There are songs that are made for those days when you wake up bare-chested and shoeless in an industrial zone only to walk 4 hours under a heavy rain to get back home. Warm songs which open the door to your miserable self with an exhilarated and loving smile; which cover you in a blanket smelling of juniper berry powder and hot chocolate; which send you down the 4 lane highway of permanent happiness. I admit these songs are rare : But they do exist.
And there are other songs; songs discovered one merry March morning which are destined to recall forever the eternal feeling of Spring; of light fluttering behind a curtain; of those curious days when you almost feel like knowing what’s going to happen before noon. Admittedly, there aren’t many of those either, but they, too, exist.
There may even be songs which can do all those things at the same time, and in a span of 5 minutes. But, to be honest, I only know of one such song. It’s called “Good Remake” and it’s by Orval Carlos Sibelius (ex-Centenaire).
It’s found on his second album “Super Forma”. And, because we’re lucky bastards, it’s at the very end of the record so that only the righteous and the valorous can enjoy it as a blissful reward. However, you won’t need either patience or courage to listen to this record. A barely functioning stereo will do.
For, despite that “Super Forma” was crafted with uncompromising care (two years of tinkering, first in the studio and later on analog tape) over a period of two years (the first sound engineer threw in the towel then passed the baton to Stéphane Laporte - Centenaire, Egyptology, Domotic) and besides the fact that it contains a pair of otherworldly moments where Reason has been discarded for good (the psychotronic song “Cafuron” and its
fuzzed-out trumpets chanting the pinnacle moment of the worst day ever lived by a human being with horrendous arpeggios in the back), the album only owes his epic, screaming polychromatic and hazily occult nature to its songs. That’s right, it’s an album made of songs.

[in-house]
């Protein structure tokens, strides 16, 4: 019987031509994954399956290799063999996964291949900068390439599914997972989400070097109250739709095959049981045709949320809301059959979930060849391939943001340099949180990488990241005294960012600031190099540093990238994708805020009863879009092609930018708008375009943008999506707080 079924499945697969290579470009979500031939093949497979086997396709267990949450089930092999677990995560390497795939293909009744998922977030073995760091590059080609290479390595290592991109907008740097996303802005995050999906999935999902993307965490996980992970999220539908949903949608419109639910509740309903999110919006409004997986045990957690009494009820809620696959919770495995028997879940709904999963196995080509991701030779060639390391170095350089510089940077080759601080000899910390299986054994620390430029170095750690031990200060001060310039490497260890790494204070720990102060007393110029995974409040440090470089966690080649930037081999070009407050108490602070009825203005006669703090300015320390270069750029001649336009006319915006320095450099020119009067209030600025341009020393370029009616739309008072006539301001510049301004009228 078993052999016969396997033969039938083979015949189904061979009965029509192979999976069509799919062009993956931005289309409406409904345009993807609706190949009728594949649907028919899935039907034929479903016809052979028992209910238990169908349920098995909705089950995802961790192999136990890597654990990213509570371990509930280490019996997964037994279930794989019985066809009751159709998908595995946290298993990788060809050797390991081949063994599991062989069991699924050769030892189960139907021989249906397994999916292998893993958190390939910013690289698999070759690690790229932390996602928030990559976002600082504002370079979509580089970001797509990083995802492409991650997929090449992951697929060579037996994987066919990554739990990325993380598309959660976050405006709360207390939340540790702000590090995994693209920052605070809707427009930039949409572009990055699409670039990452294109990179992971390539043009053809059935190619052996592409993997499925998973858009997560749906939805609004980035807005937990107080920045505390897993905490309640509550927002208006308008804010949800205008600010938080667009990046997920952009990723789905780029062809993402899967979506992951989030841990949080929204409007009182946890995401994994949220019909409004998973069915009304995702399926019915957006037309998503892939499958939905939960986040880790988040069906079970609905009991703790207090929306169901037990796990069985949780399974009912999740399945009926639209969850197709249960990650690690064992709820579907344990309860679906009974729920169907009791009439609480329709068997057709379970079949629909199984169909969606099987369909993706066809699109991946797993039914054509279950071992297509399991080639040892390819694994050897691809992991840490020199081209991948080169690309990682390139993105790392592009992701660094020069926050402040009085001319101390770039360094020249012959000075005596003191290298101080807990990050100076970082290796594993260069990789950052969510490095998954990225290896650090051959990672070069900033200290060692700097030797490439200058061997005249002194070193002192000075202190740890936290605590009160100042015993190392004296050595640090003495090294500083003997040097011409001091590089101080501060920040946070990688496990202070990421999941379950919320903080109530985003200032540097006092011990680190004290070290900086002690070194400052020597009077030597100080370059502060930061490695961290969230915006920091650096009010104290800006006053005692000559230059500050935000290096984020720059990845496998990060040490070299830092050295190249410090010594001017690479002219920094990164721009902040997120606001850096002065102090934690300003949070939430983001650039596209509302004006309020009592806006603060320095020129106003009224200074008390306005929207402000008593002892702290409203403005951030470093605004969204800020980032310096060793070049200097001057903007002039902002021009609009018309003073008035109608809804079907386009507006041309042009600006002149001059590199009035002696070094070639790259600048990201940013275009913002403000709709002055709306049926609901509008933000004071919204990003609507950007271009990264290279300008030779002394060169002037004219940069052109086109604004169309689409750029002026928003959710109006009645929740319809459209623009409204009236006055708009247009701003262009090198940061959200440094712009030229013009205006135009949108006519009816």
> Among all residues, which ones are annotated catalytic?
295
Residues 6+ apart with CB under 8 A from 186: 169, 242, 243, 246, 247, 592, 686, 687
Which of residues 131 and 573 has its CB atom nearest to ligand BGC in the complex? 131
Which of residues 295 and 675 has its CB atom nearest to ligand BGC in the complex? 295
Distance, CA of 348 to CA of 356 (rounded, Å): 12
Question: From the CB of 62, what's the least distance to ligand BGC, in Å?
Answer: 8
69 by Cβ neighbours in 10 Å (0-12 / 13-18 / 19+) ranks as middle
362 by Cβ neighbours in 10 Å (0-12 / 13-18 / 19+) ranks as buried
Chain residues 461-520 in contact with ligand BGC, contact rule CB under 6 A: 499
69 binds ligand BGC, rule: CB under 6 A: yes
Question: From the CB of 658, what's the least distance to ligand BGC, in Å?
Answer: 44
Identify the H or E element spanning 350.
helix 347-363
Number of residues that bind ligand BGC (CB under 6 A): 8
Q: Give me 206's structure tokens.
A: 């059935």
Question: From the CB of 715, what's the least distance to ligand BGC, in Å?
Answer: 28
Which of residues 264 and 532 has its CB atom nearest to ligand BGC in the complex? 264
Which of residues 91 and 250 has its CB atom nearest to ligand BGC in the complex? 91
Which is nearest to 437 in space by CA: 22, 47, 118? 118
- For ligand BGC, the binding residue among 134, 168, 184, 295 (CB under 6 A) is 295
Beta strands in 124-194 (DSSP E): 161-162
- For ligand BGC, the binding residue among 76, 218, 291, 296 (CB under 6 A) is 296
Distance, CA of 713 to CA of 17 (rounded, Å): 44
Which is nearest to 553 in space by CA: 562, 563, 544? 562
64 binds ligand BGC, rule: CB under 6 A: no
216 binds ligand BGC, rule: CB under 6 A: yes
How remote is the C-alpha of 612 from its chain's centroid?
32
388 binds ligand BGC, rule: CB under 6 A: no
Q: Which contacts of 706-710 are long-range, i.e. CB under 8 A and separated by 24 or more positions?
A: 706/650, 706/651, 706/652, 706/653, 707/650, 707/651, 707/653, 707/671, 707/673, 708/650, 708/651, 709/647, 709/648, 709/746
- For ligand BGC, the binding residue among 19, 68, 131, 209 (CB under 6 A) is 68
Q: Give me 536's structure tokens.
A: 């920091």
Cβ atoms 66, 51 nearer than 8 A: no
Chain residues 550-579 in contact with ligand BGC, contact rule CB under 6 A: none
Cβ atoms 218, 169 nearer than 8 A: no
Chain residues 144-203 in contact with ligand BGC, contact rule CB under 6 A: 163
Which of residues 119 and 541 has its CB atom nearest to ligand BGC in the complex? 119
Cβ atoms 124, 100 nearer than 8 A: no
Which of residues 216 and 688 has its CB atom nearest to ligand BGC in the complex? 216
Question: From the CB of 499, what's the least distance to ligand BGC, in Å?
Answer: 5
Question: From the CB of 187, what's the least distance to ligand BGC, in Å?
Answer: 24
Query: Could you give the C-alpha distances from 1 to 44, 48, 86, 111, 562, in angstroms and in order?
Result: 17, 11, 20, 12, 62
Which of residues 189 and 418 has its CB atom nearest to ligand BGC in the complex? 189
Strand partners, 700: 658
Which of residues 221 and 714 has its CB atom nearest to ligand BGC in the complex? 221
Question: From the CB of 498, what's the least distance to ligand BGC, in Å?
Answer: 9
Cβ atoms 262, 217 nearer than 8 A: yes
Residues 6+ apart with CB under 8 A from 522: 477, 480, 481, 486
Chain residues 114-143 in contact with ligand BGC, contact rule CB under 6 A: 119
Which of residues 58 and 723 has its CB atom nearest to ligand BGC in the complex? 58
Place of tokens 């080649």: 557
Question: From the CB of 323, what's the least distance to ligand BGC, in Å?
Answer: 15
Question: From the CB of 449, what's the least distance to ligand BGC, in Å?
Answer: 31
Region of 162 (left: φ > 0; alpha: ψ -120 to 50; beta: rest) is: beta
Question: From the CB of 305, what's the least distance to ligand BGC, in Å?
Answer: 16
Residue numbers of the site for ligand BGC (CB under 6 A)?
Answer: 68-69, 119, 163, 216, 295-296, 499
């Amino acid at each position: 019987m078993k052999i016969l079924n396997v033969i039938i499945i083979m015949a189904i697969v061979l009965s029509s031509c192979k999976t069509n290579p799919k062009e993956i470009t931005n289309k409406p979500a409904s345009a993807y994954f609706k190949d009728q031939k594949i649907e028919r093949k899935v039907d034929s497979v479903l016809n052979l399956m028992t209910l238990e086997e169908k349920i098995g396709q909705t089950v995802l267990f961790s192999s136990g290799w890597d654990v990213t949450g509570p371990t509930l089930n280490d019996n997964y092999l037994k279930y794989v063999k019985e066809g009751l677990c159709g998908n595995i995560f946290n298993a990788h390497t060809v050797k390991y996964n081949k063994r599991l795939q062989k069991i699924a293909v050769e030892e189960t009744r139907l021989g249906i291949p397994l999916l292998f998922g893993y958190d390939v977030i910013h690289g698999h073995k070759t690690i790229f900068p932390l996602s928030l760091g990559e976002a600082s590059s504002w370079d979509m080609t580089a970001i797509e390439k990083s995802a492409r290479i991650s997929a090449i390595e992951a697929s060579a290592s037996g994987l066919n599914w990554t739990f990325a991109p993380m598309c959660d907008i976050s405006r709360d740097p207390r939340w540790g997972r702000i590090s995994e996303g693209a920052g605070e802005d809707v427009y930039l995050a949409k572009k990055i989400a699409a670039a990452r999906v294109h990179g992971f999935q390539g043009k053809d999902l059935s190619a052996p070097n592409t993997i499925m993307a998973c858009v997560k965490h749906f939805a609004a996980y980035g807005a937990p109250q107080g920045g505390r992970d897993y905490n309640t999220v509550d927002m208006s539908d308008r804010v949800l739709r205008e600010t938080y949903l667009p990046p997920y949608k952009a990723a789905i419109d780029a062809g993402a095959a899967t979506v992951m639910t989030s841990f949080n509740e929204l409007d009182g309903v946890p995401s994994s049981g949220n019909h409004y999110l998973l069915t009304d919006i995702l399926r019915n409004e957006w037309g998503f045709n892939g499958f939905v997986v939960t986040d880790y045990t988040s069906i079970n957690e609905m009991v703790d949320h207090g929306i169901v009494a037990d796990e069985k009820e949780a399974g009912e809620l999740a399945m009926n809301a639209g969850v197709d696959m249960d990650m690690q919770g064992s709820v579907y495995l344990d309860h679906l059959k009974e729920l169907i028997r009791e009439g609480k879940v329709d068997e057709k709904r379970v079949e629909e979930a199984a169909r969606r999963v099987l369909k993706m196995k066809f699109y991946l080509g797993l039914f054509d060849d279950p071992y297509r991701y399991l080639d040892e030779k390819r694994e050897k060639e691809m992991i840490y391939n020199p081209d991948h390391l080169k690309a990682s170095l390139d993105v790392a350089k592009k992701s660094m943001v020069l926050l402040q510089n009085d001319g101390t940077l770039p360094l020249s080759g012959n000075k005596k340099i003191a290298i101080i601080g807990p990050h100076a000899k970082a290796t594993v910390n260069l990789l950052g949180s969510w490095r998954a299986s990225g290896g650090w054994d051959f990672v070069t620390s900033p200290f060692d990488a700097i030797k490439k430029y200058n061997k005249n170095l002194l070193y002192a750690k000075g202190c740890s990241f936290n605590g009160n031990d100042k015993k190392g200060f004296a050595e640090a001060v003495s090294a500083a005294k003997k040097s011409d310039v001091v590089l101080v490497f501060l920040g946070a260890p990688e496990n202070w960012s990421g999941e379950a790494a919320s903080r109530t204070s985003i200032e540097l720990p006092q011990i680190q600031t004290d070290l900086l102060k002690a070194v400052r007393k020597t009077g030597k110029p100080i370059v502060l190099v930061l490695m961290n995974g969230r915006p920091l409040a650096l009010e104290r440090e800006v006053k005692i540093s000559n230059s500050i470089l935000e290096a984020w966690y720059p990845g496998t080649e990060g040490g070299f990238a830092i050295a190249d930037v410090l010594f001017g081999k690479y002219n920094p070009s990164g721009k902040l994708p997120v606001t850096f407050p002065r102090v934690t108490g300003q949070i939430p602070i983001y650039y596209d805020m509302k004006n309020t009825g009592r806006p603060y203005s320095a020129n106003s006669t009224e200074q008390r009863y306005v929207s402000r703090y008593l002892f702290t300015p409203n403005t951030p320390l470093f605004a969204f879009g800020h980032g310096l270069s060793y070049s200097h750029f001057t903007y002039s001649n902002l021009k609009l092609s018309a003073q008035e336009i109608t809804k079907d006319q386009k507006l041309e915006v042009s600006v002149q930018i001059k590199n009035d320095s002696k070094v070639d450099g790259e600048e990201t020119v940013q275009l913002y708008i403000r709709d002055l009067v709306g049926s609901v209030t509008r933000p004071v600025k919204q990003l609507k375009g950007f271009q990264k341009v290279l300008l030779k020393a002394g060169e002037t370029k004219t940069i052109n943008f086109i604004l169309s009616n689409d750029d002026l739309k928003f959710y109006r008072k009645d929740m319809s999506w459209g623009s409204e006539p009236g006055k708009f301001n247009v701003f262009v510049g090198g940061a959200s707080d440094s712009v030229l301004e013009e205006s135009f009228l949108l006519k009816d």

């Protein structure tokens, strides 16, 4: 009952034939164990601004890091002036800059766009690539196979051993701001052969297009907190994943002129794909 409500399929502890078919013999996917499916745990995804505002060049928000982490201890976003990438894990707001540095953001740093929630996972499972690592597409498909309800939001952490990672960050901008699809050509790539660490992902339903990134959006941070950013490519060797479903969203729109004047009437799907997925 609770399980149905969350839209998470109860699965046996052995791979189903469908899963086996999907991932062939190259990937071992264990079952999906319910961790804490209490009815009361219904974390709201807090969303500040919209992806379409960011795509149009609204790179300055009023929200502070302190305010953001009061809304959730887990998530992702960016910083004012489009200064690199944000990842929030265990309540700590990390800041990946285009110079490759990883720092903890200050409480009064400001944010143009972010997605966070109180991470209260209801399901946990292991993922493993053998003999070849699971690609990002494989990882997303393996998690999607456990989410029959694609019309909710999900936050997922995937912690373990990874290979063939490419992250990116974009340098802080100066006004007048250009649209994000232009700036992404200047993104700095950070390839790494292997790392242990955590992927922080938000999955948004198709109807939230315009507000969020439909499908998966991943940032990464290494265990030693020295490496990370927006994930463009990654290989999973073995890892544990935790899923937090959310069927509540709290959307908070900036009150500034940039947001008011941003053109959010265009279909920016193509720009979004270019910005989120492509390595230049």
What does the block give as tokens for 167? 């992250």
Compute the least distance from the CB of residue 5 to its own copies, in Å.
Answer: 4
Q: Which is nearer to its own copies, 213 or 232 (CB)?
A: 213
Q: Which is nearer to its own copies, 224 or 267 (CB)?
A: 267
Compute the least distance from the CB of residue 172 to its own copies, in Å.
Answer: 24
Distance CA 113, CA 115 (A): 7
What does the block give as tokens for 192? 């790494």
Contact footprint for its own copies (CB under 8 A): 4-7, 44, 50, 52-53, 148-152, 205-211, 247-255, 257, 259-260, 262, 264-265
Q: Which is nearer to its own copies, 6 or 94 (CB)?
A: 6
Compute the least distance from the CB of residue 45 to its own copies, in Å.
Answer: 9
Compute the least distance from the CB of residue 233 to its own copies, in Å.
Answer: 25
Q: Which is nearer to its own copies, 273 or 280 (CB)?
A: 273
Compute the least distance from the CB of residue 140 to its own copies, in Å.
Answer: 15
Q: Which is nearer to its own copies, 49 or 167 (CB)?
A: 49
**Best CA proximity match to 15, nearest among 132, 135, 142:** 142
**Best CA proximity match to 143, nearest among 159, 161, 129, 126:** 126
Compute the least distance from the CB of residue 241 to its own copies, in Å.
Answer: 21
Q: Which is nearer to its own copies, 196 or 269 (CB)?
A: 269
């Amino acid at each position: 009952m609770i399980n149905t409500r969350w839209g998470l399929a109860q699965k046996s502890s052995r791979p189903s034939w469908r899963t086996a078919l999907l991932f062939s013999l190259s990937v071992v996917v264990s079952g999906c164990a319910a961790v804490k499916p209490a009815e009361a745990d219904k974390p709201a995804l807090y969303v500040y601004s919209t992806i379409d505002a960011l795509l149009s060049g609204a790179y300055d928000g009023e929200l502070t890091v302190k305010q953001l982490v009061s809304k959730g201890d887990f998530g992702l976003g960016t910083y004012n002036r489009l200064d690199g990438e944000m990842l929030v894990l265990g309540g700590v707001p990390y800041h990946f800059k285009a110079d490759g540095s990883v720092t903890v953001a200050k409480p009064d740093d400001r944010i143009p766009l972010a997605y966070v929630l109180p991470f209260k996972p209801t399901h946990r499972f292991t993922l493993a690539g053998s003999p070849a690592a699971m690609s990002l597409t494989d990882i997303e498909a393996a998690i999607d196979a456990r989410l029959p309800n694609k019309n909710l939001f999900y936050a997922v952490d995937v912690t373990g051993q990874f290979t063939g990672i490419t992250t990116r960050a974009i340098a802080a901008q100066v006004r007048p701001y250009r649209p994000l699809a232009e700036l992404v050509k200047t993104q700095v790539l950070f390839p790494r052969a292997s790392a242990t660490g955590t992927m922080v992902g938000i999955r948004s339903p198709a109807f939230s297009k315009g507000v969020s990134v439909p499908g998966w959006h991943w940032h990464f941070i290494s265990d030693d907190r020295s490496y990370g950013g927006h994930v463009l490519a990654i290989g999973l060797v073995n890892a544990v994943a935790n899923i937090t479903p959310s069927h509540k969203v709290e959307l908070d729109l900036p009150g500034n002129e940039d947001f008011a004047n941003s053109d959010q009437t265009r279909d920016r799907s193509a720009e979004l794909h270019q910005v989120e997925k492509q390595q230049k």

Songs for those days when you wake up bare-chested and shoeless in the middle of an industrial zone, of course! But above all, songs where fire and grace fall heavy on your head continuously for 46 minutes. Songs like a alchemical spring rain dissolving and mixing The Byrds with Robert Wyatt ("Spinning Round"), Morricone with The Ventures ("Desintegraçao", "Asteroids"), Italian psychedelia and Californian winds ("Super Data").
The style is radical; the result verges on the sublime. And when the music stops and the last notes of the immense “Good Remake” are disappearing into the air; while swarms of insects still search for his soul; Orval Carlos Sibelius, displaying his weird and glittering acrobatic silhouette, can be seen moving forward towards the Light, holding in his hands the intact cover of a beating heart. But not just any beating heart, it is your very own.
Because that’s the price you’ll have to pay to go on this journey. There’s no way back. You’ll be mad; you’ll be lost…but happy.
It’s either that or the industrial zone. You decide.